1

Does the static IP provider specify it, or is it an arbitrary number you pick from a range?

For instance, where the proxy format would be: https://username:password@static_IP_address:portNumber

2

The answer is closer to "a number you pick from a range".

TCP works by having, among other fields a source and destination IP address and source and destination port. These 4 things are required for a unique session.

The port is a 2 byte number, so between 0 and 65535. Services are commonly associated with default ports, but these are typically just by convention. There is 1 bit which, depending on your OS may not be - on some OS's ports below 1024 are only accessible by the superuser account.

It is, of-course, the server that defines the port here.

18
  • Could you advise me on (or confirm) the following? I'm hoping to narrow down what information I should request from a client paying for this static IP. Along with the static IP address, I assume I should ask for the username/password, http type (http or https), and the port number. I want to be confident that I ask for nothing unneeded.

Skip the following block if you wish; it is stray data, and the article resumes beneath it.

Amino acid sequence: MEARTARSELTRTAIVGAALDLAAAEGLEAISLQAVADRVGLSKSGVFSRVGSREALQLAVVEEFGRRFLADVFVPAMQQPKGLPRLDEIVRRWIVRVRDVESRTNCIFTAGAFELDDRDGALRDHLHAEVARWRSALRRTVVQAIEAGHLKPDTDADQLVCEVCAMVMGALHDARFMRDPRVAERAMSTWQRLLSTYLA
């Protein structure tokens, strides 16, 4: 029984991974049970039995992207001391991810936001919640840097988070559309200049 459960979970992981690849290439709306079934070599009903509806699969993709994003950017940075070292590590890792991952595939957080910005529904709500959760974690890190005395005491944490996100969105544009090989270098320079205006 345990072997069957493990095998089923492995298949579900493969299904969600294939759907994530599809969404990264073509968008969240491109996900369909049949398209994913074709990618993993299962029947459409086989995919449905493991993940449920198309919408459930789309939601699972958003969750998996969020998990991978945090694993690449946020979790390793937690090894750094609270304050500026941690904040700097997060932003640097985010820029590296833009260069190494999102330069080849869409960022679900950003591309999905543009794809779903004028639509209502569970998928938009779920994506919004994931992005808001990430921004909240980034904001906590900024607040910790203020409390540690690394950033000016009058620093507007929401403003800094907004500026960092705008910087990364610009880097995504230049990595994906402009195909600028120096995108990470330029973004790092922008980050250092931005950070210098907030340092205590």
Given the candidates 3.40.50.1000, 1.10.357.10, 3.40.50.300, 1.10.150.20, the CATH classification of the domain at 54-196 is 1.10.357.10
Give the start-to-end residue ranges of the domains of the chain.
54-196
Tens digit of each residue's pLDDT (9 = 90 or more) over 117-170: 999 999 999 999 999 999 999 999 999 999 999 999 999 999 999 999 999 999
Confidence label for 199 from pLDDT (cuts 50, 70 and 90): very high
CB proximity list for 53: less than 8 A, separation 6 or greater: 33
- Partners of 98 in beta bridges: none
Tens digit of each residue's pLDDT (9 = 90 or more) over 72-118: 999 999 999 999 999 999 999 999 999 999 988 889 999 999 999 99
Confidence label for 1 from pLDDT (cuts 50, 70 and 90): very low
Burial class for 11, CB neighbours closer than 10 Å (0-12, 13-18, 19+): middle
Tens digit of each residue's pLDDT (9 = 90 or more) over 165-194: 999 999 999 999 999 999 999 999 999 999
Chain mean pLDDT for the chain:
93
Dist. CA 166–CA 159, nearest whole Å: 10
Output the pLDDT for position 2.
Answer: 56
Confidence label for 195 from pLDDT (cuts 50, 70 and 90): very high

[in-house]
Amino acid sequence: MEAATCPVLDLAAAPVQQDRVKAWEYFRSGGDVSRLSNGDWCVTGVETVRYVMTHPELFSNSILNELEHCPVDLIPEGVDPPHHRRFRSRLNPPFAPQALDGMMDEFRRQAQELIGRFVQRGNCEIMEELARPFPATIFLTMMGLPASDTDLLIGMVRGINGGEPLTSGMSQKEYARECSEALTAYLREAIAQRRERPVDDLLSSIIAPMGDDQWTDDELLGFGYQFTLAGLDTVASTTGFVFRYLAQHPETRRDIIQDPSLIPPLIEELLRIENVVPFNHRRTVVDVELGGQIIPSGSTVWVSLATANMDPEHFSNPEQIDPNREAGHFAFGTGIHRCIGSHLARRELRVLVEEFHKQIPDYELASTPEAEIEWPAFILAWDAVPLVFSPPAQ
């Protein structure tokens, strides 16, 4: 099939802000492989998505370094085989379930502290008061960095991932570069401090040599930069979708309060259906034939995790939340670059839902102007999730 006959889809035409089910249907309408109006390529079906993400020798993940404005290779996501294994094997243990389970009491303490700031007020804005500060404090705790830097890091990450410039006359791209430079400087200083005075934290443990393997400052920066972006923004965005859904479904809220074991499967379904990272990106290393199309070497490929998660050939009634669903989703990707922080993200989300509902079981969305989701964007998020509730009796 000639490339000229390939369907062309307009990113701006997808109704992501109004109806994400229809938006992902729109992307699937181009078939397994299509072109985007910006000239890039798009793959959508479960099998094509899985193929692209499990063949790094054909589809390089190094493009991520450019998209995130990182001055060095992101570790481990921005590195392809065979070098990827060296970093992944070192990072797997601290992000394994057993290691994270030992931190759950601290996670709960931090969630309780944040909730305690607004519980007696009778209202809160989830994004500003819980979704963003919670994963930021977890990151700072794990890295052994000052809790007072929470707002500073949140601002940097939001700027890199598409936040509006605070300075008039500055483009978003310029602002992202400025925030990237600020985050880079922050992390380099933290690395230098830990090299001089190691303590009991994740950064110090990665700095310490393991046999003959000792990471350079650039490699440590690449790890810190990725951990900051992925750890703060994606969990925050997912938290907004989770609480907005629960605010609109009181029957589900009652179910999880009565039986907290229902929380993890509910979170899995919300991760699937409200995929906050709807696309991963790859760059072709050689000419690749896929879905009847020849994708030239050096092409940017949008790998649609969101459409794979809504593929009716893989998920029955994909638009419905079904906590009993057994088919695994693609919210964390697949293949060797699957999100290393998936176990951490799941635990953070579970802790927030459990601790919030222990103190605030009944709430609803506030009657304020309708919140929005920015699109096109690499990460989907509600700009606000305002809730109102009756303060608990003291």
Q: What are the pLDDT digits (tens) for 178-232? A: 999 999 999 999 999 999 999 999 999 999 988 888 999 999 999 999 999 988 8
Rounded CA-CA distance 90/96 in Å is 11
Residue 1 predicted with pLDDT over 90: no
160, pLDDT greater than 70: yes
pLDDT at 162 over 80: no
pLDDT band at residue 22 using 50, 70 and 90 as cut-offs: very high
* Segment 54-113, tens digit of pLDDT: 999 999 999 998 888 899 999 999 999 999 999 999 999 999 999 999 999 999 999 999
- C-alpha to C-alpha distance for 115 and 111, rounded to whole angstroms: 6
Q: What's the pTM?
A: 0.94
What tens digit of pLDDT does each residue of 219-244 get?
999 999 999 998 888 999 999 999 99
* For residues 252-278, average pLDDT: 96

– Phillip
    Jan 23 '21 at 3:32
  • Your question in the comment does not follow. What service are you providing this client?
    – davidgo
    Jan 23 '21 at 6:13
  • To clarify, he's not paying me for the static IP. He's my client in a related capacity, the point being I want to be sure not to confuse him. He needs to send me a paid proxy IP address I will use in an application I built for him (if that helps to know).
    – Phillip
    Jan 23 '21 at 8:57
  • 1
    I don't understand why you need anything more then the static IP address of his VPN. I still don't understand where a proxy comes into it. As to port ranges the VPN provider does not assign port ranges, it assigns an IP address. Ports are a property associated with an IP address [ for a TCP connection] and are determined by his computer and your server.
    – davidgo
    Jan 24 '21 at 23:21
  • 1
    [1] - in the sense that nothing has been rebutted on your end yet (you didn’t specify where I was wrong in my original and subsequent explanations).
    – Phillip
    Jan 26 '21 at 2:27

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